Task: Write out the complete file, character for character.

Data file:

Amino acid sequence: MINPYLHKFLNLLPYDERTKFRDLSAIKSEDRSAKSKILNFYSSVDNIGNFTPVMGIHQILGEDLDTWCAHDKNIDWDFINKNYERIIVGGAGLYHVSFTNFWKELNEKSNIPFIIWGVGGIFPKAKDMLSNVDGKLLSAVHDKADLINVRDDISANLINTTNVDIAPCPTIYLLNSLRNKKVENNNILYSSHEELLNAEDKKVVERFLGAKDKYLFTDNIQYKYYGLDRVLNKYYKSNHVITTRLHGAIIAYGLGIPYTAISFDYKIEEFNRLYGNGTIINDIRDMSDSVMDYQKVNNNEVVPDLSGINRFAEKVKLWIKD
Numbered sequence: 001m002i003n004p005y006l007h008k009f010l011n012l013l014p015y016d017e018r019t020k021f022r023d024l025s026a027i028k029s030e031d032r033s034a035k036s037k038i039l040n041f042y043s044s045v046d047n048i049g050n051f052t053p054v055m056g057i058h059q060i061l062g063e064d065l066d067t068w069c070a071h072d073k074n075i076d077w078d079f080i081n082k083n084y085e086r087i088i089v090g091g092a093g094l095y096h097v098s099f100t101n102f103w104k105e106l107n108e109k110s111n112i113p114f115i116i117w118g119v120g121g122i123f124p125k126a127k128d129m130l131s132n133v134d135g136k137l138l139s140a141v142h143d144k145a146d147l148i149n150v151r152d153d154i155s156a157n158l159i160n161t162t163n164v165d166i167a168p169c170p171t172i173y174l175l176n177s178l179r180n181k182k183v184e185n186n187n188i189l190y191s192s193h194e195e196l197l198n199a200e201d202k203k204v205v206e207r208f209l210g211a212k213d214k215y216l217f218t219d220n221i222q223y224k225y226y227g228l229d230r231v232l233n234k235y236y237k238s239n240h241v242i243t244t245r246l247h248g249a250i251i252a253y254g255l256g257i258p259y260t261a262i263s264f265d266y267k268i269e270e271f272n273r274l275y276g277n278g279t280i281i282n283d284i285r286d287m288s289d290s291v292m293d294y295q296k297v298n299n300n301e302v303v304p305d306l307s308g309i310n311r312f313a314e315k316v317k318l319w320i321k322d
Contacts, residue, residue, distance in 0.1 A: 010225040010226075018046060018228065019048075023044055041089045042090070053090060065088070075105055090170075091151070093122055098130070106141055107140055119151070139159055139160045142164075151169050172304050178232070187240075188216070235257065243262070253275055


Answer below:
Amino acid sequence: MINPYLHKFLNLLPYDERTKFRDLSAIKSEDRSAKSKILNFYSSVDNIGNFTPVMGIHQILGEDLDTWCAHDKNIDWDFINKNYERIIVGGAGLYHVSFTNFWKELNEKSNIPFIIWGVGGIFPKAKDMLSNVDGKLLSAVHDKADLINVRDDISANLINTTNVDIAPCPTIYLLNSLRNKKVENNNILYSSHEELLNAEDKKVVERFLGAKDKYLFTDNIQYKYYGLDRVLNKYYKSNHVITTRLHGAIIAYGLGIPYTAISFDYKIEEFNRLYGNGTIINDIRDMSDSVMDYQKVNNNEVVPDLSGINRFAEKVKLWIKD
Numbered sequence: 001m002i003n004p005y006l007h008k009f010l011n012l013l014p015y016d017e018r019t020k021f022r023d024l025s026a027i028k029s030e031d032r033s034a035k036s037k038i039l040n041f042y043s044s045v046d047n048i049g050n051f052t053p054v055m056g057i058h059q060i061l062g063e064d065l066d067t068w069c070a071h072d073k074n075i076d077w078d079f080i081n082k083n084y085e086r087i088i089v090g091g092a093g094l095y096h097v098s099f100t101n102f103w104k105e106l107n108e109k110s111n112i113p114f115i116i117w118g119v120g121g122i123f124p125k126a127k128d129m130l131s132n133v134d135g136k137l138l139s140a141v142h143d144k145a146d147l148i149n150v151r152d153d154i155s156a157n158l159i160n161t162t163n164v165d166i167a168p169c170p171t172i173y174l175l176n177s178l179r180n181k182k183v184e185n186n187n188i189l190y191s192s193h194e195e196l197l198n199a200e201d202k203k204v205v206e207r208f209l210g211a212k213d214k215y216l217f218t219d220n221i222q223y224k225y226y227g228l229d230r231v232l233n234k235y236y237k238s239n240h241v242i243t244t245r246l247h248g249a250i251i252a253y254g255l256g257i258p259y260t261a262i263s264f265d266y267k268i269e270e271f272n273r274l275y276g277n278g279t280i281i282n283d284i285r286d287m288s289d290s291v292m293d294y295q296k297v298n299n300n301e302v303v304p305d306l307s308g309i310n311r312f313a314e315k316v317k318l319w320i321k322d
Contacts, residue, residue, distance in 0.1 A: 010225040010226075018046060018228065019048075023044055041089045042090070053090060065088070075105055090170075091151070093122055098130070106141055107140055119151070139159055139160045142164075151169050172304050178232070187240075188216070235257065243262070253275055